Each year, nearly 400,000 people learn that they have cancer. Among them, 40% have a professional activity at the time of the diagnosis. Labor law in no way obliges an employee to inform his hierarchy of his medical situation. For some, however, the question does not even arise: they will spontaneously inform their superiors. “I didn’t think for a moment of not saying what was happening to me, knowing that I was going to have to be away for a while,” says Sylvie. Talk about his fight with the crab? Obviously for this journalist. Not for all sufferers. Audrey, for example, preferred to keep it a secret. While she has been suffering from breast cancer since August 2020, “no one in (her) box is aware”. She even wears “long sleeves” to hide her arm, swollen with lymphedema.
Talk ? To shut up ? Difficult to always decide well. First, “there is the fear of evoking a taboo disease”, analyzes Thierry Breton, director general of Inca, the National Cancer Institute (1). Then, the dilemma between, on the one hand, the concern for transparency and loyalty towards one’s employer and, on the other, respect for privacy and not endangering one’s professional future. During his treatment, “the employee may indeed not be able to do his job as he was doing until then”, underlines Thierry Breton. Fatigue, concentration problems, the time to free up for medical appointments “shake up the daily routine. However, if the situation is not known to the employer, this can create a gap and misunderstandings”. However, the fear of being considered vulnerable or of being discriminated against persists, while the world of work expects you to perform well.
A deterioration of the professional situation
How to discern? “It’s normal to want to share the news. It’s such a shock in a lifetime. The main question to ask is to know – for cancer but for any type of serious or chronic disease, such as multiple sclerosis – if telling the truth will serve the person or not”, deciphers Léa Sgambati, occupational psychologist at the of the Cancer League. To clarify his reflection, “we can analyze his links with his employer, his team, his hierarchy. Is there trust or not? “, she explains.
Are we sure, in the event of a problem, that we are well protected? Cancer generates, in an employee, “a deterioration not only of health but also of his professional situation”, points out Thierry Breton. In 2018, 21% of people questioned for the 7th report of the Societal Cancer Observatory stated that they had experienced difficulties in pursuing their career after the announcement of their illness. Five years later, only a little more than half of people affected by cancer have kept the same job.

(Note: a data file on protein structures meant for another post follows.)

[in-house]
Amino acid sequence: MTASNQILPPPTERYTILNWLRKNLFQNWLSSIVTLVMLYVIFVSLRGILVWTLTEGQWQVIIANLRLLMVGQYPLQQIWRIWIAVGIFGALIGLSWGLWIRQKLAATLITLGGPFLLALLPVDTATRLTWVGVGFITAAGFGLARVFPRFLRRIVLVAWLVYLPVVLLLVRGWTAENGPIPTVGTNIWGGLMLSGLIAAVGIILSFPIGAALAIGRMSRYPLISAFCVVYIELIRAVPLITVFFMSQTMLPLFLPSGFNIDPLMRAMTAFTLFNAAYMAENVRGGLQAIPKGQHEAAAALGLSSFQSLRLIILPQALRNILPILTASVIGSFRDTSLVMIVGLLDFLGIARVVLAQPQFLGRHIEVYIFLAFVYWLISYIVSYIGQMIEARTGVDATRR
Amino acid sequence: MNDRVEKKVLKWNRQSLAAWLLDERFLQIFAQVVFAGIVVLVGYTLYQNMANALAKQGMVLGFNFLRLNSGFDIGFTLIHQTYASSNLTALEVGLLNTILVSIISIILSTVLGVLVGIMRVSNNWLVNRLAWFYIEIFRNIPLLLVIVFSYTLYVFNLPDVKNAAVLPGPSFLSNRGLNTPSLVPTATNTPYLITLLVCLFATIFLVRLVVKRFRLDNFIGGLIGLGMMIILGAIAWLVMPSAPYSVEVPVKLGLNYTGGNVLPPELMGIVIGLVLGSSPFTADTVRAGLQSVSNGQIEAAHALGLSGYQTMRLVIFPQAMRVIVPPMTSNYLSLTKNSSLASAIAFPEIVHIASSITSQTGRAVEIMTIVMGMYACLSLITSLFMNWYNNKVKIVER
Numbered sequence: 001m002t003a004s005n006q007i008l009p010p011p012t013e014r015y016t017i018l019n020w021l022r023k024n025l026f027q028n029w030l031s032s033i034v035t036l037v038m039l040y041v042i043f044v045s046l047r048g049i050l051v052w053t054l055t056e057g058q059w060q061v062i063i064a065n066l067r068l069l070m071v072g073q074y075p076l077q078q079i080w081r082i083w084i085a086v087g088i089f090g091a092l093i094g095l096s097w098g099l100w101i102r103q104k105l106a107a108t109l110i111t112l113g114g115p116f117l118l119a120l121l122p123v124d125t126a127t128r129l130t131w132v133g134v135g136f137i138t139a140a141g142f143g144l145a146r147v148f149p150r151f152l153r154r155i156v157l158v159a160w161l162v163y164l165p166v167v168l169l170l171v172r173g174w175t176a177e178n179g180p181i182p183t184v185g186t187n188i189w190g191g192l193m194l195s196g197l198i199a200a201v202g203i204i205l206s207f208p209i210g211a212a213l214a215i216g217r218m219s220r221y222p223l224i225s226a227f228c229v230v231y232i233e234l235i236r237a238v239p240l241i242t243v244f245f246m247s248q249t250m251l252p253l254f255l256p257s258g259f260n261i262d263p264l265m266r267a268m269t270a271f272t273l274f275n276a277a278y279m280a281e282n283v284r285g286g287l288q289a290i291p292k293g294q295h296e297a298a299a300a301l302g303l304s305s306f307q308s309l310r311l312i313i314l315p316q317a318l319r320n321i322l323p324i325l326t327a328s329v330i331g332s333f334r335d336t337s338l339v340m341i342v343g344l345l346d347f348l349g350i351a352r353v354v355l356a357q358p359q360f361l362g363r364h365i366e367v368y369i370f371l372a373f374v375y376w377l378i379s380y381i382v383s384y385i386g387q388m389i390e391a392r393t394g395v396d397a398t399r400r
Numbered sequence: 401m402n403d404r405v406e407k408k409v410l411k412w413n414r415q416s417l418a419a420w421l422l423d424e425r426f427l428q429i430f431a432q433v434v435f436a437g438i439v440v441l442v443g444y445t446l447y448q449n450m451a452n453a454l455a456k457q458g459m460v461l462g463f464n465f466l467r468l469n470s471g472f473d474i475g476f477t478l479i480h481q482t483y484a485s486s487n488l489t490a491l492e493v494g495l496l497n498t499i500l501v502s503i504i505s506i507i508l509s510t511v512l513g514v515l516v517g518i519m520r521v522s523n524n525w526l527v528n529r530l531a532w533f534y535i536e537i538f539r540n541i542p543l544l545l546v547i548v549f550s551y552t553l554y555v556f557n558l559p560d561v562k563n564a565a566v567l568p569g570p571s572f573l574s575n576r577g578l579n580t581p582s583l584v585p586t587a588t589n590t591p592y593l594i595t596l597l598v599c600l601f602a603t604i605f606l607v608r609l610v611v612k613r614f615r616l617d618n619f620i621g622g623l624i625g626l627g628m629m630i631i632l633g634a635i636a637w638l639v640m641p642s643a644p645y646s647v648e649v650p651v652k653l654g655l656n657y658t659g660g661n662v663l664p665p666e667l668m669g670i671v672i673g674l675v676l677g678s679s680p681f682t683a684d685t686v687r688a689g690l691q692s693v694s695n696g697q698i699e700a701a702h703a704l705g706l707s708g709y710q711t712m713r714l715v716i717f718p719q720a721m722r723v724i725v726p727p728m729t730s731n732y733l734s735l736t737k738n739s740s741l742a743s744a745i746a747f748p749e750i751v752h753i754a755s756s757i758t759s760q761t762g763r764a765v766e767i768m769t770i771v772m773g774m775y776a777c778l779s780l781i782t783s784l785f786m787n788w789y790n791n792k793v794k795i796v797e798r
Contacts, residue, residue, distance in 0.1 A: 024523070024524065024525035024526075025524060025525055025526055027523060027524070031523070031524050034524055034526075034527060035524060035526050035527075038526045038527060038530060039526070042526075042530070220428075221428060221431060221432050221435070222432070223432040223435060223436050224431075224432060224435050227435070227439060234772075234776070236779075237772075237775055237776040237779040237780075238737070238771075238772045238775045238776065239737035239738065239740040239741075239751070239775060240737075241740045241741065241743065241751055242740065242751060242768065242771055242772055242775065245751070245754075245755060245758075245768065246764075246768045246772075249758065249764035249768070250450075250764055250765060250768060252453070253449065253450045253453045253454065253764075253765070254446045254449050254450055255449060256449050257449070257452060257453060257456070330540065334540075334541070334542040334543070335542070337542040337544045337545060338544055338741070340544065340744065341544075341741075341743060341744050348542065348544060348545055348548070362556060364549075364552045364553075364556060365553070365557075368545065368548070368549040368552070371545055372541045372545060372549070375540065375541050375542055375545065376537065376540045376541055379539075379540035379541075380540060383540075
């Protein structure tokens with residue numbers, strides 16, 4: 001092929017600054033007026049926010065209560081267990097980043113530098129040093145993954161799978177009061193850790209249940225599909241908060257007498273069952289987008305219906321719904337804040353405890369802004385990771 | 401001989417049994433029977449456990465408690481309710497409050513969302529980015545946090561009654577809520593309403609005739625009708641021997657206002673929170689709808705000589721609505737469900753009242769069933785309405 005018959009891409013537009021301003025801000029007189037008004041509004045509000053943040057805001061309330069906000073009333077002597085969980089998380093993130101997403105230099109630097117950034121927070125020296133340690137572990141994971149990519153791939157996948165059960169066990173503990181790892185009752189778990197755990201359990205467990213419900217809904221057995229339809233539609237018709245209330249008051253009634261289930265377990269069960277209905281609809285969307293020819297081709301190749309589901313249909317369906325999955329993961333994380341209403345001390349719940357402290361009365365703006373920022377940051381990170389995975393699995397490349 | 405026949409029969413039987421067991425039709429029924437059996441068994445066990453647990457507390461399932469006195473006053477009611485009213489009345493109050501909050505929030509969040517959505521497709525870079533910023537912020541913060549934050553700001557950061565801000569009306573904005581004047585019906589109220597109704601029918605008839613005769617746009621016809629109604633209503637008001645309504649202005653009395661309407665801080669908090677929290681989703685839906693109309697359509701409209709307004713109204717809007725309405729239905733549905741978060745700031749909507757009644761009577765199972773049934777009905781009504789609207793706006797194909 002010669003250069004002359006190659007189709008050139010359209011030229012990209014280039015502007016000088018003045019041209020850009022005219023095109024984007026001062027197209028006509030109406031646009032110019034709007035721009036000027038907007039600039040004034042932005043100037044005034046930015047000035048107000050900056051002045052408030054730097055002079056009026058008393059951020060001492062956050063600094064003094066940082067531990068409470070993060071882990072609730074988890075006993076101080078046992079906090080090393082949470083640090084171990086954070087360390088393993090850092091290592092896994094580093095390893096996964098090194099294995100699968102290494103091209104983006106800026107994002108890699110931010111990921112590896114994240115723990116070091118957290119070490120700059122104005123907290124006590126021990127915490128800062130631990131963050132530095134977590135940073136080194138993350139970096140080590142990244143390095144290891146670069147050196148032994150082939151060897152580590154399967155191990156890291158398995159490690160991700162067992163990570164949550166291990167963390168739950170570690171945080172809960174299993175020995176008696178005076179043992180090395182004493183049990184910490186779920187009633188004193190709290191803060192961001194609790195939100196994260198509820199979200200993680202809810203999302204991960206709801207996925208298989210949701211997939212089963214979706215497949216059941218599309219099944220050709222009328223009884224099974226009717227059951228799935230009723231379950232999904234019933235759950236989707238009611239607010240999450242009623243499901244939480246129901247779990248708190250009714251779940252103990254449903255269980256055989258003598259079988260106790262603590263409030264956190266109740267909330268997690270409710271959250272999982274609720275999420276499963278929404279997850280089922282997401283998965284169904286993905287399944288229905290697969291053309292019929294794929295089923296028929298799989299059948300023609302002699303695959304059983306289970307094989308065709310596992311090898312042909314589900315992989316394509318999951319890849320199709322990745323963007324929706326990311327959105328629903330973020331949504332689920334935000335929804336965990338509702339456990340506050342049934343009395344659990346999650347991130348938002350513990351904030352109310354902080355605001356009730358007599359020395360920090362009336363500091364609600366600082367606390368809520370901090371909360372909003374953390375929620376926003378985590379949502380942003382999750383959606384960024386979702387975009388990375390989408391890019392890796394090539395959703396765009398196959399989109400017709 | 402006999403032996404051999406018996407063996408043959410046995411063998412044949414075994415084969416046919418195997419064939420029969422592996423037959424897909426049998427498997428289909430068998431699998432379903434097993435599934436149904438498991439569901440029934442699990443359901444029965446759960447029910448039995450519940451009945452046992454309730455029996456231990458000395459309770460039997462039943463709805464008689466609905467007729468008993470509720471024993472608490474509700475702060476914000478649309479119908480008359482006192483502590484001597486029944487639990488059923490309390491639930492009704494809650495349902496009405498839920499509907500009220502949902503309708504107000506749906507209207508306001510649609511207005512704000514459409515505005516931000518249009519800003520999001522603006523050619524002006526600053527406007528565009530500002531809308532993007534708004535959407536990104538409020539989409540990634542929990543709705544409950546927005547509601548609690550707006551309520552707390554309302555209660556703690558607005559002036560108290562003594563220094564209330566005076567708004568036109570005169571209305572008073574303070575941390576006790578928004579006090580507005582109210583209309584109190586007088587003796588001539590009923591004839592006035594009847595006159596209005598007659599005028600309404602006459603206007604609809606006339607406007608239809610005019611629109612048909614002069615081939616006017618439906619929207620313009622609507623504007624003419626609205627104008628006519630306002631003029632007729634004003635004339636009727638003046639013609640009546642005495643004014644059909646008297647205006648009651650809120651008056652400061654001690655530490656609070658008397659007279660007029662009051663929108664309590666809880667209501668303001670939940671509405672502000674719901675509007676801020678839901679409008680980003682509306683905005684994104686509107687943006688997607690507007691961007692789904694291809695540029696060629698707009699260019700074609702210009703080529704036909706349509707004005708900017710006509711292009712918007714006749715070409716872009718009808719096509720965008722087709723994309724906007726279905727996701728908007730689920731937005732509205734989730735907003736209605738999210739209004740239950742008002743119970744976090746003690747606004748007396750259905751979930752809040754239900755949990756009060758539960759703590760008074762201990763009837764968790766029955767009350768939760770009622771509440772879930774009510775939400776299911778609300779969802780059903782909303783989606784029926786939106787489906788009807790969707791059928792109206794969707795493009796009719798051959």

“If I had to do it again, I wouldn’t say anything about my illness, observes Florence, a teacher. I discovered that I was sick a few weeks before the start of the 2017 school year; I was well noted, appreciated by my superiors. Naively, I believed that the big family of national education was going to support me…” Error. “At the time of the announcement, I saw in the eyes of the colleagues that they saw me already dead. The college takes the lead in a radical way. “The website I hosted was shut down. Some of my classes have been taken away from me, supposedly to make me lighter. »
“Be something other than sick”
Because her colleagues, already overwhelmed, recover the hours that she cannot ensure, the teacher who was until then “unbreakable”, according to her colleagues, has the feeling of becoming “a burden”. “By guilt, I came to plan my operations during the holidays. ” A classic. Arrange meetings between noon and two. Put a day off here, one there. Take a micro-nap in the infirmary when there is one… Not revealing your pathology can turn into a balancing act. Six years later, Florence found a job, but lost status.
“To avoid any risk of being shelved, of having files taken away, etc., I advise you to find out if there have been any precedents in the company and how it happened for the employee. “Suggests Audrey, the one who said nothing. “The challenge for the years to come is for companies to be more aware of this type of problem, for them to commit to concrete steps to train managers in the outbreak of the disease in their teams”, hopes Thierry Breton, who recalls that there are specific devices, “unfortunately too little known”, for sick employees. “However, for those who can, maintaining or returning to work can be beneficial,” he says. For questions of income, but also because it allows employees to retain a sense of usefulness, not to be alone, to be something other than sick. We were able to see a benefit on the chances of recovery. »